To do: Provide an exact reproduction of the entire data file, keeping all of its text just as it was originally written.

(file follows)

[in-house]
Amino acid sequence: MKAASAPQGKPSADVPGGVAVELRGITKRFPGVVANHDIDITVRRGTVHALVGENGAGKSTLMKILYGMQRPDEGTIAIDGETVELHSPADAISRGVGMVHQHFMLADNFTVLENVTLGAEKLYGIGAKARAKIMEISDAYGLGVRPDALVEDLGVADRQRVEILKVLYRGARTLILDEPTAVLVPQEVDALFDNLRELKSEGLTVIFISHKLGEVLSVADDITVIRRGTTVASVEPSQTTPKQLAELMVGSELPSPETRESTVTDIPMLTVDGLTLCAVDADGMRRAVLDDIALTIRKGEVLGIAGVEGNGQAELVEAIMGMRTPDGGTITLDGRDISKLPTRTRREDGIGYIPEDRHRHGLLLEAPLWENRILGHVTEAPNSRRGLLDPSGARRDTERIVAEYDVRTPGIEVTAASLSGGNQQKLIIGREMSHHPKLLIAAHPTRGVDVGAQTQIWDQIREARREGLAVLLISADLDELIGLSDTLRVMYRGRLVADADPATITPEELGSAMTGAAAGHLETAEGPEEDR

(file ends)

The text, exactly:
[in-house]
Amino acid sequence: MKAASAPQGKPSADVPGGVAVELRGITKRFPGVVANHDIDITVRRGTVHALVGENGAGKSTLMKILYGMQRPDEGTIAIDGETVELHSPADAISRGVGMVHQHFMLADNFTVLENVTLGAEKLYGIGAKARAKIMEISDAYGLGVRPDALVEDLGVADRQRVEILKVLYRGARTLILDEPTAVLVPQEVDALFDNLRELKSEGLTVIFISHKLGEVLSVADDITVIRRGTTVASVEPSQTTPKQLAELMVGSELPSPETRESTVTDIPMLTVDGLTLCAVDADGMRRAVLDDIALTIRKGEVLGIAGVEGNGQAELVEAIMGMRTPDGGTITLDGRDISKLPTRTRREDGIGYIPEDRHRHGLLLEAPLWENRILGHVTEAPNSRRGLLDPSGARRDTERIVAEYDVRTPGIEVTAASLSGGNQQKLIIGREMSHHPKLLIAAHPTRGVDVGAQTQIWDQIREARREGLAVLLISADLDELIGLSDTLRVMYRGRLVADADPATITPEELGSAMTGAAAGHLETAEGPEEDR